This is why I am an unsheathed nerve, calling on every technique I’ve been taught to focus on being Laura and not the crazy stalker girl. As I begin talking, I let the nerves become part of Laura as she shyly averts her gaze and tries to make Jim understand her.

I’m mesmerized by Eddie, his accomplished American accent, the movement of his body as he portrays Jim, though slight, he seems to physically overwhelm. His smile is vivid, open, so unlike the dark boy in the leather jacket. When he takes Laura in his arms to waltz, he is charm. As he says, “Somebody ought to kiss you, Laura,” my heart hammers. When our lips meet, my fingers clench the collar of his shirt.

“Very nice. I like what you did clutching Eddie’s shirt. Nice touch,” Henry Aldridge says. “Have you two been rehearsing together? That was very polished.”

I feel like I am still Laura as I look everywhere but at Eddie.

“No, sir. We haven’t had the opportunity,” Eddie says. He sounds different when he speaks with the director, not at all the rough boy who hangs out in the pub. I don’t know him. Not even by stalking him online.

When we are alone together, walking toward the exit, Eddie clears his throat. “You’re good.”

“You’re surprised?” My voice sounds breathy.

“Yeah,” he says. “I decided you were superficial.”

Between us it feels as if someone has erected a brittle glass wall. I try to think of words, something to say to explain my behavior, but I don’t understand this girl with her obsession, this stalker girl who covets this boy.

When we step outside, dull sunshine receives us. Eddie shrugs into his leather jacket.

“Look, when you come to the pub tonight, sit with us. Don’t hide in the corner spying,” he says.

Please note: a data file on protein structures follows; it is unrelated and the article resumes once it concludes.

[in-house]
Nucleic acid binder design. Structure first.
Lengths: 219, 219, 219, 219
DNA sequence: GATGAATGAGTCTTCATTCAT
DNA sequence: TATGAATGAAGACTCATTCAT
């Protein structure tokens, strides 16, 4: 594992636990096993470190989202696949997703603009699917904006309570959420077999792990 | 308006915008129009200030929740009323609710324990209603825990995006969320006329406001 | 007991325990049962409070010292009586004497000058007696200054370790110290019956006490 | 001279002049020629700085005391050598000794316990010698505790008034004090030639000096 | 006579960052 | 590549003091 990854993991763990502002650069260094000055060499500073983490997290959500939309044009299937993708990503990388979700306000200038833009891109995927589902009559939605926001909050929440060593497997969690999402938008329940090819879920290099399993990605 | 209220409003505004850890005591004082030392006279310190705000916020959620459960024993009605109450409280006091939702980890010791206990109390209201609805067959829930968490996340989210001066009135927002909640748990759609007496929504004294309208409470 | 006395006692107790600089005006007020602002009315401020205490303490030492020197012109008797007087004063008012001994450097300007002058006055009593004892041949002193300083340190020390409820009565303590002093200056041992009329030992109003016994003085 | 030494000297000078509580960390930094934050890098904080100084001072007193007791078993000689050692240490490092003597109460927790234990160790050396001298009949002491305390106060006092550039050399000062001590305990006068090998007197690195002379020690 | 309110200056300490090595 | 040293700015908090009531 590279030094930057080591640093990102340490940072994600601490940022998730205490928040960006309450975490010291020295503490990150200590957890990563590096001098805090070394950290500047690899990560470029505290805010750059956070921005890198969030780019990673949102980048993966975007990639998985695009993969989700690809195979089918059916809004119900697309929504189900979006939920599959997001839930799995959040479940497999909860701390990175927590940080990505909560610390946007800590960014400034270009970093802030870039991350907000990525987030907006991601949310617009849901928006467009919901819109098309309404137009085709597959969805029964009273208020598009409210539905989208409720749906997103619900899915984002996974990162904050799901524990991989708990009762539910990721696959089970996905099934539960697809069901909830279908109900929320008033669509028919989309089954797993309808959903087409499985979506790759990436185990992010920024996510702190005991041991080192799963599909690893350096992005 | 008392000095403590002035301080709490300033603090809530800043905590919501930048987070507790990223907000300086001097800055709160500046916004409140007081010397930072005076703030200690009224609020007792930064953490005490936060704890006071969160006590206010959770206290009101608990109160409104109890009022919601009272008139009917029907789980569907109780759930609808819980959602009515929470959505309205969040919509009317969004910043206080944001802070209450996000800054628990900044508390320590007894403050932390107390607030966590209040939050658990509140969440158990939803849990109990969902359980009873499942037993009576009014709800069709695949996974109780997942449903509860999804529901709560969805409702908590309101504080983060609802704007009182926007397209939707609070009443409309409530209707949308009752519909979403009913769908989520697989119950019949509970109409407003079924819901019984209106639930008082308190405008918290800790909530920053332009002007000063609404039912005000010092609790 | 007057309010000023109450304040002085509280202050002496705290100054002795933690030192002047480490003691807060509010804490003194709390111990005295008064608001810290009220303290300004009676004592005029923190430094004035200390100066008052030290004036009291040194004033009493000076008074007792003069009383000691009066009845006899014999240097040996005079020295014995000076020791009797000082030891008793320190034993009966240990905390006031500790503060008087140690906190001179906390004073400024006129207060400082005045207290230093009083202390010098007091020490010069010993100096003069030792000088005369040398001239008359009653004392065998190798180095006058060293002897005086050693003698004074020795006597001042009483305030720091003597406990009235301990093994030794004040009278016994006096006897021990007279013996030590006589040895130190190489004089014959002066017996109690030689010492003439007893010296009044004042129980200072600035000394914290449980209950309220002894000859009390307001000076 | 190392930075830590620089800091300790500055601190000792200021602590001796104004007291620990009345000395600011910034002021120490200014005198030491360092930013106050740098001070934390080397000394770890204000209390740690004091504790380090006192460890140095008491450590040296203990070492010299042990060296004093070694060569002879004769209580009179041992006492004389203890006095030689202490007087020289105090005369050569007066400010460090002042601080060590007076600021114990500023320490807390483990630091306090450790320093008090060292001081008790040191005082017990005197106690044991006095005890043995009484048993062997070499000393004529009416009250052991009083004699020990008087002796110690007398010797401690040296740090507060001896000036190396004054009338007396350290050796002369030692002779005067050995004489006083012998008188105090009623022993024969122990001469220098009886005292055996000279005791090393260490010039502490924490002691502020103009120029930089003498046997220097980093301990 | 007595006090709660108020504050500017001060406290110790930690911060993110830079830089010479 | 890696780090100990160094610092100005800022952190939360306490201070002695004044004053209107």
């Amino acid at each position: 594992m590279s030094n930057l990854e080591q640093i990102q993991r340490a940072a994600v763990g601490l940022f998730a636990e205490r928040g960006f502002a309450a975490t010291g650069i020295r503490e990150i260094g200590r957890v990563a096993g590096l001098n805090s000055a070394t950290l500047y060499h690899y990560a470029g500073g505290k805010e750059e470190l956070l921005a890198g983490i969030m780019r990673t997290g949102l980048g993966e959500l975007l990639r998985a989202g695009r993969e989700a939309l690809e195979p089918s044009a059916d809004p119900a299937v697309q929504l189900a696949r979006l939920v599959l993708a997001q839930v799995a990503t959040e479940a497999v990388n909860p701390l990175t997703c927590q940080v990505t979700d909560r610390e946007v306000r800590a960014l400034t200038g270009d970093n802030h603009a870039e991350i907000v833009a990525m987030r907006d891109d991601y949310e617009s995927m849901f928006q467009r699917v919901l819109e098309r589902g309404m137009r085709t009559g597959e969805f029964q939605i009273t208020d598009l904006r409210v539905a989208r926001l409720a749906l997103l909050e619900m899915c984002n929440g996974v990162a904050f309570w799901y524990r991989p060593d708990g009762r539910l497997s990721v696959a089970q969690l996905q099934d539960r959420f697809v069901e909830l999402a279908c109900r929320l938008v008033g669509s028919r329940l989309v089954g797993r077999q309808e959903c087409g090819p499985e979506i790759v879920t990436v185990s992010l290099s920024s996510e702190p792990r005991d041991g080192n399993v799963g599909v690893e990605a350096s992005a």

I stare up at him. “I don’t know.”

“I do. Right, well, I’m off to work.”

“You work?”

He smirks. “We can’t all have rich mommies and daddies.”

“I don’t,” I whisper.

“You must, Posh.”

“I’m not posh.”

His steel-blue eyes hypnotize me. The smile on his full lips lifts slightly at the corner. He startles me by leaning down and lightly biting my bottom lip. Then he is walking away without glancing back. My fingertips press where his teeth had been, craving more.

 

end 3/5/2017

S. Darlington


 

Exchange Student IV

Previous installments of Exchange Student can be found here.

The pub is quiet and warm when I arrive. I purchase a stout and wend my way toward a table I discovered a couple of days ago. It’s secluded, highly undesirable except for couples who want to snog, but it offers the advantage of seeing without being seen.

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Exchange Student III

Previous installments of Exchange Student can be found here.

I sat in the third row by myself, my elbows propped on the arms of the chair, my back stiff as my grandmother had taught me. The woman with the piercings snapped her gum and slumped in the front row, wearing a black tank top despite the chill, showing an array of tattoos on her upper arms and shoulders. She’d been texting constantly since returning from her “break” immediately after her audition.

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Review of Rock with You

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Rock with You by Rachel Lacey

Publication Date: August 2, 2016

Publisher: Hachette Book Group


You had me at Rock Star! Well, almost.

Carly is working at the bakery that her grandmother started, but which she now owns, when famous rock star, Sam Weiss, walks in and flirts with her. She tries to be cool, except for the Minnie Mouse voice that seems to be coming through her lips. Events and fate take over and Carly finds herself stranded in a fabulous cabin with her favorite rock star.

This was a cute story initially. I liked the direction that the characters were going in and the flirting was fun, but after the first sexual encounter that’s all it became. The characters were lost amidst the act. Granted it’s a short story, but still there should have been a tad more conflict than that of distance and the character development should have continued.

Because, well, ROCK STAR, this could have been longer and more fun.

I haven’t read anything by Rachel Lacey before, but I’ll give her another shot just based on the beginning of this short story. No one needs to tell me it’s much harder to write a good short story than it is a novel. Rock with You is the first offering in her Risking it All series, the first novel of which is due out on August 30th.

I received an ARC from NetGalley in exchange for an honest review.

From AmazonRock with You


rating: butterflybutterflybutterfly (3 out of 5 butterflies)